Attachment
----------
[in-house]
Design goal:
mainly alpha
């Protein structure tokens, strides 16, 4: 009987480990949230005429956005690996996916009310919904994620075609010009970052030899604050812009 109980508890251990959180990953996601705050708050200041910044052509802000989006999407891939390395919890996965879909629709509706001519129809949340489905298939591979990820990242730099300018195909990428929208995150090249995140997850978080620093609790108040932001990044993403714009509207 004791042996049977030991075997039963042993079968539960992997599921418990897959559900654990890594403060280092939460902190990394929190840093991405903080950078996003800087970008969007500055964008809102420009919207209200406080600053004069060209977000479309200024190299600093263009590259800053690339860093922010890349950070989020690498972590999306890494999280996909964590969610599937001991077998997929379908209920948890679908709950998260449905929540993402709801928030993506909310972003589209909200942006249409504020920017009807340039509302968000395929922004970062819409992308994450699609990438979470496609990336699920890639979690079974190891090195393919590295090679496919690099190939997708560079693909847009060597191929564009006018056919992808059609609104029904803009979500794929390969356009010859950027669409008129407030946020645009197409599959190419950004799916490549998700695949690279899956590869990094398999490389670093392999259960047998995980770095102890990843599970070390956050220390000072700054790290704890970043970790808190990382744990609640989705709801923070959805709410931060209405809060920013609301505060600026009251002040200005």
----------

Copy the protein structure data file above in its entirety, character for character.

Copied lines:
[in-house]
Design goal:
mainly alpha
């Protein structure tokens, strides 16, 4: 009987480990949230005429956005690996996916009310919904994620075609010009970052030899604050812009 109980508890251990959180990953996601705050708050200041910044052509802000989006999407891939390395919890996965879909629709509706001519129809949340489905298939591979990820990242730099300018195909990428929208995150090249995140997850978080620093609790108040932001990044993403714009509207 004791042996049977030991075997039963042993079968539960992997599921418990897959559900654990890594403060280092939460902190990394929190840093991405903080950078996003800087970008969007500055964008809102420009919207209200406080600053004069060209977000479309200024190299600093263009590259800053690339860093922010890349950070989020690498972590999306890494999280996909964590969610599937001991077998997929379908209920948890679908709950998260449905929540993402709801928030993506909310972003589209909200942006249409504020920017009807340039509302968000395929922004970062819409992308994450699609990438979470496609990336699920890639979690079974190891090195393919590295090679496919690099190939997708560079693909847009060597191929564009006018056919992808059609609104029904803009979500794929390969356009010859950027669409008129407030946020645009197409599959190419950004799916490549998700695949690279899956590869990094398999490389670093392999259960047998995980770095102890990843599970070390956050220390000072700054790290704890970043970790808190990382744990609640989705709801923070959805709410931060209405809060920013609301505060600026009251002040200005």